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Latest judgment in long-running financial remedy dispute over £54 million assets

Wife awarded 80% of her costs

Sir Peter Singer, sitting in the High Court, has given a further judgment in long-running financial remedies proceedings concerning matrimonial assets claimed by the wife to amount to £54 million.

In Joy v Joy-Morancho & Others [2015] EWHC 2507 (Fam), the court was concerned as to "whether or not the situation described by Mr Joy is accurate so that he is in truth and in fact able for the foreseeable future to pay only modest periodical payments to W and their three children, but nothing whatever by way of capital award. That proposition and that outcome depend upon whether H really faces the financial ruin he maintains overwhelmed him as a result of what he describes as the day of reckoning imposed on him by the trustees of the New Huerto Trust (NHT). Those trustees now pursue him and all those assets to which he can lay claim (and more), so he will be left without substance. His debts therefore exceed by far any assets available or likely to become available to him. His case is moreover that he has been permanently and irrevocably excluded from any potential future benefits from NHT."

Sir Peter Singer said that he had to determine whether "H's plight is genuine or a contrived facade".

The wife sought a lump sum pitched at £27m for a clean break, on the basis that the matrimonial acquest was at least £54m.

In a judgment running to 245 paragraphs Sir Peter Singer concluded:

"[The wife] has certainly failed at this point to achieve a substantive capital award; but has for the time being achieved a periodical payments award of £120,000 more than the nominal order for which H contended, plus an adjournment of her outstanding capital claims. In my book the correct analysis is that neither party has won."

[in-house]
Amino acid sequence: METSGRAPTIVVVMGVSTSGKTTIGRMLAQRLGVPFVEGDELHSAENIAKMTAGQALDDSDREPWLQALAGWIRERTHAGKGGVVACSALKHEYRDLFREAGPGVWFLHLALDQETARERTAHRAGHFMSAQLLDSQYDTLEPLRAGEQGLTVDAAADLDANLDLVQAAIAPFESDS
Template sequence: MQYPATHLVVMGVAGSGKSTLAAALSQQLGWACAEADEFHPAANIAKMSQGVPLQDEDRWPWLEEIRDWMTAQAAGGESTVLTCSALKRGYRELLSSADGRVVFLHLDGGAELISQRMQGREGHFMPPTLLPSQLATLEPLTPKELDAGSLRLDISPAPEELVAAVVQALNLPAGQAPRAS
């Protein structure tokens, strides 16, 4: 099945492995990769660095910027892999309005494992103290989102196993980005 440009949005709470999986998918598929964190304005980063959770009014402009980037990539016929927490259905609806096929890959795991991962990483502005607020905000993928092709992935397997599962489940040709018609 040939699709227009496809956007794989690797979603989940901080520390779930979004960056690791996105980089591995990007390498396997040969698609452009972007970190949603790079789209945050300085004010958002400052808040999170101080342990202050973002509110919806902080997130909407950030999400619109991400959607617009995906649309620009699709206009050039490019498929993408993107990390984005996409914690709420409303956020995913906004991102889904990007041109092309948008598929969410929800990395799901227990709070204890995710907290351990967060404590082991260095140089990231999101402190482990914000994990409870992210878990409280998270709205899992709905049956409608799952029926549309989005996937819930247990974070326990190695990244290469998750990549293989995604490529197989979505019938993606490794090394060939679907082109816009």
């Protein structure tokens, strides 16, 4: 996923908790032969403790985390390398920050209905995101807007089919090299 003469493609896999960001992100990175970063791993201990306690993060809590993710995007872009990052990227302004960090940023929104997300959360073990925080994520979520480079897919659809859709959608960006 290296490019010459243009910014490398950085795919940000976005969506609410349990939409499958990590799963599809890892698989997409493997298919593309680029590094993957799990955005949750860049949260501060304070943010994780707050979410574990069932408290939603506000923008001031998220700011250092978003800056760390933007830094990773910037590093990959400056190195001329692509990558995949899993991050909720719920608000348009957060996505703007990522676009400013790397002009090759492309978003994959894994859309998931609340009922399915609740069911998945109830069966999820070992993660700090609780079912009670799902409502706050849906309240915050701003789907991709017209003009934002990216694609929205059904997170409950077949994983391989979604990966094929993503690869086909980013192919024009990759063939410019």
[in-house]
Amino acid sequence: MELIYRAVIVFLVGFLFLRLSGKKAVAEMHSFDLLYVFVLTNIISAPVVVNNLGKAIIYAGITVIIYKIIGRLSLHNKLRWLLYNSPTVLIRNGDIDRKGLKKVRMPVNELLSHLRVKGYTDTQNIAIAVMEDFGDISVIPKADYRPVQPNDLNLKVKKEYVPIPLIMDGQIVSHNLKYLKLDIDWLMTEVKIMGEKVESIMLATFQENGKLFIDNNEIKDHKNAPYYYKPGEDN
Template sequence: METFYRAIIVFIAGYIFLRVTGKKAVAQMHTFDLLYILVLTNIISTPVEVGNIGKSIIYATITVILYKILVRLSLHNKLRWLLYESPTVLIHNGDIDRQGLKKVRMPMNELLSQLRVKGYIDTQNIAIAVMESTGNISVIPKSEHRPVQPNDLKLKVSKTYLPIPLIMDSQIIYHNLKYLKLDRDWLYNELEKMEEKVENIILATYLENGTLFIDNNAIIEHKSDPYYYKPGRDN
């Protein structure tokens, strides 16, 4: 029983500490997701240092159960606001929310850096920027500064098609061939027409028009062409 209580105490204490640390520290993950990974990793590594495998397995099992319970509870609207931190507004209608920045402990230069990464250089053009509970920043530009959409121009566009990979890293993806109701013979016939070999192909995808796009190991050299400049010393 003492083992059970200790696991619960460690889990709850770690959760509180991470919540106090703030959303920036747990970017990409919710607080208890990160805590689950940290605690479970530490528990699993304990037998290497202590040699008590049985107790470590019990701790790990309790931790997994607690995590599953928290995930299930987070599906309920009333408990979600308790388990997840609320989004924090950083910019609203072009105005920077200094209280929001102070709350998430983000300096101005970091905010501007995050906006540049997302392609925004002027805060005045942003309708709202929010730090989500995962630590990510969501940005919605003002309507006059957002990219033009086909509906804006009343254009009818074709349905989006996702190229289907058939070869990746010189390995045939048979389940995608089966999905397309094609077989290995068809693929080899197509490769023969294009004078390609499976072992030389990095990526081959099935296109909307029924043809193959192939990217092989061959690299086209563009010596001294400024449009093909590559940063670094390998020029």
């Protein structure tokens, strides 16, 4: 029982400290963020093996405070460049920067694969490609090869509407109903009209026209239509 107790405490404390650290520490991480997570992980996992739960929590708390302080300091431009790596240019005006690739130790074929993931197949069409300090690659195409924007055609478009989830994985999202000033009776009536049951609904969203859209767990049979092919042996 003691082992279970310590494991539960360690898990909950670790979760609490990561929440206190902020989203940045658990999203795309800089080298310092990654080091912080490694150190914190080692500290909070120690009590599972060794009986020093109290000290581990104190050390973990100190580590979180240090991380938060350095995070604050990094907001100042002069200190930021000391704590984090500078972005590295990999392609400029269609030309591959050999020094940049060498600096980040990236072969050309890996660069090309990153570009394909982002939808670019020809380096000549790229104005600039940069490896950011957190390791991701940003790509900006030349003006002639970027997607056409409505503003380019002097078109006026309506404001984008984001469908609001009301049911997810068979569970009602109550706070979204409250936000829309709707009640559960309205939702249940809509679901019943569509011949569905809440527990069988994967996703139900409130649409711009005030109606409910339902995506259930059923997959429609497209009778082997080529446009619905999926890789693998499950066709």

The husband's solicitors, DWFM Beckman, commented:

"I believe this to be a unique decision in British family law. I do not know of any other case to date where a wife who was claiming many millions of pounds was given nothing because the husband has been able to show that he does not have any assets available to him despite the tens of millions being attributed to him.

"I am extremely pleased with the main thrust of the judgment which demonstrates that it is possible to refute what now seems to have become the presumption in high-net-worth family cases that a husband who claims that certain assets do not belong to him and are not available to him and the court for division, must be making a false presentation."

However, the court awarded to the wife, as a 'stern warning' against aberrant conduct,  80% of her costs of £417,829 which amounted to £334,263.

The judgment is here.